HMS and Broad Institute researchers discover first strong genetic link to bipolar disorder | News

A research team including scientists from Harvard Medical School and the Broad Institute of MIT and Harvard reported the first strong genetic risk factor for bipolar disorder in a study published in the journal Nature Genetics on April 1.

Researchers from HMS and the Stanley Center for Psychiatric Research at the Broad Institute analyzed the genomes of nearly 50,000 participants to identify the AKAP11 gene, which they believe increases the risk of bipolar disorder sevenfold. Bipolar disorder is “a severe, inherited mood disorder that affects approximately one percent of the population and often begins in early adulthood,” according to a press release from the Broad Institute.

Steven E. Hyman, director of the Stanley Center, said the study used innovative genetic research to analyze the origins and risk factors of bipolar disorder.

“We can use genes as a tool to stratify people to see who is at risk, and that could help us better study environmental risk factors,” Hyman said.

Benjamin Neale, co-director of the medical and population genetics program at the Broad Institute, said he believed the study would provide important information about the disease.

“The long-term hope is that the genetic findings may form the basis for a better understanding of the underlying biological processes involved in bipolar disorder,” Neale said.

The study explains how the AKAP11 gene influences bipolar disorder at the molecular level and how it can alter the effectiveness of certain treatments for the disorder.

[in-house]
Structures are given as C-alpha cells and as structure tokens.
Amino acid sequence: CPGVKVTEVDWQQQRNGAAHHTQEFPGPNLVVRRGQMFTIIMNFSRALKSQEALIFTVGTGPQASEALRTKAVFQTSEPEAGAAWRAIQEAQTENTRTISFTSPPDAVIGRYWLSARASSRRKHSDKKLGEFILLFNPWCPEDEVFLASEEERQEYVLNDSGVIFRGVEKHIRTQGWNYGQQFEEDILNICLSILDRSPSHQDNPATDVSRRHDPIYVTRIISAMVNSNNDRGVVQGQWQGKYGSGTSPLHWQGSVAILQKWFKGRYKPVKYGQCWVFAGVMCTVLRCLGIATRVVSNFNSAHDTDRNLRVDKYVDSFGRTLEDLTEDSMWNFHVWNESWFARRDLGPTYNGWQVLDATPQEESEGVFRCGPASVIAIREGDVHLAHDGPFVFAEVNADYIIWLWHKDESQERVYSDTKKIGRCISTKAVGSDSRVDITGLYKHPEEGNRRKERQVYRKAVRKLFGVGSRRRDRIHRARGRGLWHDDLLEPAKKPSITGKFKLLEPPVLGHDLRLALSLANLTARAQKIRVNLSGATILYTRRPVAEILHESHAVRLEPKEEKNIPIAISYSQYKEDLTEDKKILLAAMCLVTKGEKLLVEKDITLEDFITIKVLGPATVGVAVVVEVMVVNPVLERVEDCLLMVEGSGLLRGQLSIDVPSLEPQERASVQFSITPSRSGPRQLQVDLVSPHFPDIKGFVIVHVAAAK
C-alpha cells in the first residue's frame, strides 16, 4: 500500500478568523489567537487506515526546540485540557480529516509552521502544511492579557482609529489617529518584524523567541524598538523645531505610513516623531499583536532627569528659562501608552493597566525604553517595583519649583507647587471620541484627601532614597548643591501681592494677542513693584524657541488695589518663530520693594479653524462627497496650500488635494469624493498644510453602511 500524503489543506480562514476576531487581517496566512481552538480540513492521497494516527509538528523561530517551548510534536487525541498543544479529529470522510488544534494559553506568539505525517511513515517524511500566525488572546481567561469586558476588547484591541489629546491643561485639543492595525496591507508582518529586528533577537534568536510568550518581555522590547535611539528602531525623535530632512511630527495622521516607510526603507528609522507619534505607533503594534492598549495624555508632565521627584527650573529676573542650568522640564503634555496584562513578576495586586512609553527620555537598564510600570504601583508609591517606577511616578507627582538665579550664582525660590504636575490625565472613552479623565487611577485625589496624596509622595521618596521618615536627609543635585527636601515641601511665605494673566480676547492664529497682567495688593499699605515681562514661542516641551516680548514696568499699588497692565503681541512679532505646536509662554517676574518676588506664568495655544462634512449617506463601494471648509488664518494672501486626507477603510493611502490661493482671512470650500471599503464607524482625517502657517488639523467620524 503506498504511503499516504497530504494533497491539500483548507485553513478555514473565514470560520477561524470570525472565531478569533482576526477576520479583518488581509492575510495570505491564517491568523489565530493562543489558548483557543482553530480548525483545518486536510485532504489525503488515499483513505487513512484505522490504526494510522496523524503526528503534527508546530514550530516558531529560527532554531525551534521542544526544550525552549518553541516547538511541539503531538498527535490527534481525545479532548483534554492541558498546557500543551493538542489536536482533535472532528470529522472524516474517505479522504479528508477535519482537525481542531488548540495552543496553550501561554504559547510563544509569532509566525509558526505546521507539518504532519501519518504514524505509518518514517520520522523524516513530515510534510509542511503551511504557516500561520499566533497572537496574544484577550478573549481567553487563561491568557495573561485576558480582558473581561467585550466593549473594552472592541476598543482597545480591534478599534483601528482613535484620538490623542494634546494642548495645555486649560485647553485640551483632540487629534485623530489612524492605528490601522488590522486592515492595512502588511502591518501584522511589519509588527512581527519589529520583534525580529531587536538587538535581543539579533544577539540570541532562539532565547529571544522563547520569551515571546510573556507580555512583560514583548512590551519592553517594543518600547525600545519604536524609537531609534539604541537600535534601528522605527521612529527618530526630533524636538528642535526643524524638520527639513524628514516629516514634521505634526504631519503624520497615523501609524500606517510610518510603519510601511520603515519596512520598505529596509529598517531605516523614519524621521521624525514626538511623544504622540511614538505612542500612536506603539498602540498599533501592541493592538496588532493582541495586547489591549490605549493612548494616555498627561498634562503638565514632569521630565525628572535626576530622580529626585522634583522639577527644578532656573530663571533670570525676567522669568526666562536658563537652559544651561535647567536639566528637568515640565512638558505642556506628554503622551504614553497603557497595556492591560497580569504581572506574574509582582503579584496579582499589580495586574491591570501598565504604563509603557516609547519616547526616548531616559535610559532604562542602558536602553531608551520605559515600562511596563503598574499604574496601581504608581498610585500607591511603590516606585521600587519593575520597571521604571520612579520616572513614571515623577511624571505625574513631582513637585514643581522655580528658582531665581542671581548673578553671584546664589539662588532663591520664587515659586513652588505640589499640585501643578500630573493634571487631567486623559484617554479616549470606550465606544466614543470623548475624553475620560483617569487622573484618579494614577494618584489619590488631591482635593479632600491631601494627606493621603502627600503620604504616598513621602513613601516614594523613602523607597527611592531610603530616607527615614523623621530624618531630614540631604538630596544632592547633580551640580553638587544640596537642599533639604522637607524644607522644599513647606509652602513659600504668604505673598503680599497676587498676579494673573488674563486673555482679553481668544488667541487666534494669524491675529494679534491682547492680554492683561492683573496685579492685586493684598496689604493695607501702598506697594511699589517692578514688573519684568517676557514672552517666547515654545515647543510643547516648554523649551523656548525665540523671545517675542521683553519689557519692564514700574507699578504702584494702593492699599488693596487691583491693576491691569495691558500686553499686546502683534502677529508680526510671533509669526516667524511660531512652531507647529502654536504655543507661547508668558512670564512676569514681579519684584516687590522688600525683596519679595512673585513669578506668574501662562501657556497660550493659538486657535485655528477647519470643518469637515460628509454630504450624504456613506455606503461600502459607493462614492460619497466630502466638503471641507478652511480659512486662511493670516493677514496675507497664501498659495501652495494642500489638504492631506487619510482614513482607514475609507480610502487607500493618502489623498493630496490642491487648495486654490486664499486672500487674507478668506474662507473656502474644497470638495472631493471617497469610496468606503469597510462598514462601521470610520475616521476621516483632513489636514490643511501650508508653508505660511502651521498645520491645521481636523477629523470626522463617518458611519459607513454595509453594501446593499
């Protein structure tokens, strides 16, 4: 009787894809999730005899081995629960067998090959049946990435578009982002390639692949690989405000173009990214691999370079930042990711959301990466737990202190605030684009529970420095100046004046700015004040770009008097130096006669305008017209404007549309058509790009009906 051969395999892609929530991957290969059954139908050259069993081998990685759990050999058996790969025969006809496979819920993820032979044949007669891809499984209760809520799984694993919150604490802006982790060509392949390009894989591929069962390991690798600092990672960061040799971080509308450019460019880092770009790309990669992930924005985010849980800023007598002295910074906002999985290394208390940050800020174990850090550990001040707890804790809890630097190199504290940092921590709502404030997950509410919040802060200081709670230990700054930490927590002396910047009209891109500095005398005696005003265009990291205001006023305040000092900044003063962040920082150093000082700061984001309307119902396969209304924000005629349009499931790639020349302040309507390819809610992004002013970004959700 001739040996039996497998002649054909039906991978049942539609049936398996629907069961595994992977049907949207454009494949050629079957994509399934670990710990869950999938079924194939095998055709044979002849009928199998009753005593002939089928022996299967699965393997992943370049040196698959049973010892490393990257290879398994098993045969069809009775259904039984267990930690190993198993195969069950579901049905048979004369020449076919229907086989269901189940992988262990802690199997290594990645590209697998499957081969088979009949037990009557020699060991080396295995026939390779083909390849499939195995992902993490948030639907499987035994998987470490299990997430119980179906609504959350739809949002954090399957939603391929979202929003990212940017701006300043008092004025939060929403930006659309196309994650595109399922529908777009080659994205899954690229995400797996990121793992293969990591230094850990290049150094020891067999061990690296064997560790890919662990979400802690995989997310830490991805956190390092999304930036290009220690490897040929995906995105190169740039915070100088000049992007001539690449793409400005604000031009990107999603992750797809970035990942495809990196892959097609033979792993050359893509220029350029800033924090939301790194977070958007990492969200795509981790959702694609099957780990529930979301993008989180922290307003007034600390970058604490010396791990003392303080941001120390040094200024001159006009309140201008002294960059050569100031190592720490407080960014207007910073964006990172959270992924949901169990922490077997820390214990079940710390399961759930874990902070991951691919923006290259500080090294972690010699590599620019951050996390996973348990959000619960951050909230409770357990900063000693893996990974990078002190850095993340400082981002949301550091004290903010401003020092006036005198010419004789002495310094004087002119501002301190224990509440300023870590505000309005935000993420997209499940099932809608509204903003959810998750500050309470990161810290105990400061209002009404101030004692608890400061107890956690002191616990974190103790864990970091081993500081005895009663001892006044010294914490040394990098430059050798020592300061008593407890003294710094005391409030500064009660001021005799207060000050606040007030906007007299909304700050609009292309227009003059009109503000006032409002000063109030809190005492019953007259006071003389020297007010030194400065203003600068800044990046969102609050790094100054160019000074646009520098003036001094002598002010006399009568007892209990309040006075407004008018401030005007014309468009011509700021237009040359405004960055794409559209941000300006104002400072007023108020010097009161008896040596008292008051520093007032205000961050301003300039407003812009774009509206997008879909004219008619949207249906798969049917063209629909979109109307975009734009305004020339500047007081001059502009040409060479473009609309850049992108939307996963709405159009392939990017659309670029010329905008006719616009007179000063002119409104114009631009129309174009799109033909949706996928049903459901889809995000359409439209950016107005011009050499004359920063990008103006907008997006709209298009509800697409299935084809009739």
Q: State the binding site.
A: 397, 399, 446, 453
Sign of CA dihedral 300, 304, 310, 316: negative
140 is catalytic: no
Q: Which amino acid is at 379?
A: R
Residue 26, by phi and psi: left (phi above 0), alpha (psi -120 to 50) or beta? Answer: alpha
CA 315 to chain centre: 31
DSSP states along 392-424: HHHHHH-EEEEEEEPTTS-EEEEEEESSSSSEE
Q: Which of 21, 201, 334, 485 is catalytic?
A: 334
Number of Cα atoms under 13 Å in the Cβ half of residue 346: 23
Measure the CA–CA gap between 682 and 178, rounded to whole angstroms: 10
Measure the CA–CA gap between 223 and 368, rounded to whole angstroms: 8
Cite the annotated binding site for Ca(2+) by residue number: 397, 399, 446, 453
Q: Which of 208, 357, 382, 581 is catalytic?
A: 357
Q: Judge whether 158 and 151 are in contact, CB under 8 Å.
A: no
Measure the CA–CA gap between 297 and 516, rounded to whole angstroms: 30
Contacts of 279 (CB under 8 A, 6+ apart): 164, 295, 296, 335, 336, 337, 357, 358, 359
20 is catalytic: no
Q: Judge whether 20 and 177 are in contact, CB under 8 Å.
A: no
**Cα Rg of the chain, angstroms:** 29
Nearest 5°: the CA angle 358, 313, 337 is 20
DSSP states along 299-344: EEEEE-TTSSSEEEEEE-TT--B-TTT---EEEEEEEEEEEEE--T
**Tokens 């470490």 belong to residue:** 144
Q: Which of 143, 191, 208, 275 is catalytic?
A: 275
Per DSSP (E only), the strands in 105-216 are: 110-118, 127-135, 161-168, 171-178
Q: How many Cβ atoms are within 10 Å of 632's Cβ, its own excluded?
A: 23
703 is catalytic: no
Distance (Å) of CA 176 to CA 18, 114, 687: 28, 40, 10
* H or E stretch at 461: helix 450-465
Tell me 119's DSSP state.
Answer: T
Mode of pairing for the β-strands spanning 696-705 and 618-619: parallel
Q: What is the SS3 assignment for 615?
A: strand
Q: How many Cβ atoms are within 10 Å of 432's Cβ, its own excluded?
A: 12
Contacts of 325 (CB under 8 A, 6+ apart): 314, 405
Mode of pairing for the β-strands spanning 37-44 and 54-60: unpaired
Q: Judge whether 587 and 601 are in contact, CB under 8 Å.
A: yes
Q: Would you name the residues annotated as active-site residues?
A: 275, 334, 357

Lithium, a commonly prescribed drug for the disorder, is not always effective and produces side effects in 75% of patients. The AKAP11 gene may interact with lithium treatment, according to the study.

Scientists are still struggling to fully understand the reasons for the development of bipolar disorder and how lithium treatment can alleviate its symptoms.

The researchers plan to conduct further large-scale studies to find genetic risks for bipolar disorder throughout the human genome through sequencing analysis. They also intend to create cellular models with variants of the AKAP11 gene to better understand the mechanisms behind bipolar disorder, which would allow for better diagnostics and new therapies.

Hyman said he believes studying genetics is key to understanding underlying cellular pathways.

“We do genetics primarily because genes are clues to molecular mechanisms that can be clues to both better diagnostics and better therapies,” he said. “And if you don’t understand what’s going on in people, you’re just guessing, and guessing hasn’t gotten us very far in terms of treatments.”

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